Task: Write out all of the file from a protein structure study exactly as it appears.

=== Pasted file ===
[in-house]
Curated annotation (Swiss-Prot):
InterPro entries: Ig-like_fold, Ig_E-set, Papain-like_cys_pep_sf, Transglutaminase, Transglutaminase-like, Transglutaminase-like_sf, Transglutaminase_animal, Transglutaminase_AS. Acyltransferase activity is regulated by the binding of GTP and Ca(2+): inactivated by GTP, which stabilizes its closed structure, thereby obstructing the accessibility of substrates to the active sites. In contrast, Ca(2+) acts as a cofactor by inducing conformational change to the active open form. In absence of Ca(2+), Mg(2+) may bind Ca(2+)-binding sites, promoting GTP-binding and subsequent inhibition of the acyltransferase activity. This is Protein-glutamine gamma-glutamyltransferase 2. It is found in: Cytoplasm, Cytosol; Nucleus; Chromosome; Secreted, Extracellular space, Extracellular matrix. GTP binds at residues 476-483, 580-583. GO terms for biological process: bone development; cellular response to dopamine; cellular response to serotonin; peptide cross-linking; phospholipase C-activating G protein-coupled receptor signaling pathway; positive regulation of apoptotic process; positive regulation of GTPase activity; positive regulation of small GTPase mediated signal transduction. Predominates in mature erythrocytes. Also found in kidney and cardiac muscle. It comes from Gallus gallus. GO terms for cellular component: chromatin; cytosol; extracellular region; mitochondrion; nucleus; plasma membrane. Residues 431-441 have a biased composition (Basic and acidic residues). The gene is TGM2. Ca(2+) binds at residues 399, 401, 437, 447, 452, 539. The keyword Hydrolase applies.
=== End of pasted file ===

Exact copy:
[in-house]
Curated annotation (Swiss-Prot):
InterPro entries: Ig-like_fold, Ig_E-set, Papain-like_cys_pep_sf, Transglutaminase, Transglutaminase-like, Transglutaminase-like_sf, Transglutaminase_animal, Transglutaminase_AS. Acyltransferase activity is regulated by the binding of GTP and Ca(2+): inactivated by GTP, which stabilizes its closed structure, thereby obstructing the accessibility of substrates to the active sites. In contrast, Ca(2+) acts as a cofactor by inducing conformational change to the active open form. In absence of Ca(2+), Mg(2+) may bind Ca(2+)-binding sites, promoting GTP-binding and subsequent inhibition of the acyltransferase activity. This is Protein-glutamine gamma-glutamyltransferase 2. It is found in: Cytoplasm, Cytosol; Nucleus; Chromosome; Secreted, Extracellular space, Extracellular matrix. GTP binds at residues 476-483, 580-583. GO terms for biological process: bone development; cellular response to dopamine; cellular response to serotonin; peptide cross-linking; phospholipase C-activating G protein-coupled receptor signaling pathway; positive regulation of apoptotic process; positive regulation of GTPase activity; positive regulation of small GTPase mediated signal transduction. Predominates in mature erythrocytes. Also found in kidney and cardiac muscle. It comes from Gallus gallus. GO terms for cellular component: chromatin; cytosol; extracellular region; mitochondrion; nucleus; plasma membrane. Residues 431-441 have a biased composition (Basic and acidic residues). The gene is TGM2. Ca(2+) binds at residues 399, 401, 437, 447, 452, 539. The keyword Hydrolase applies.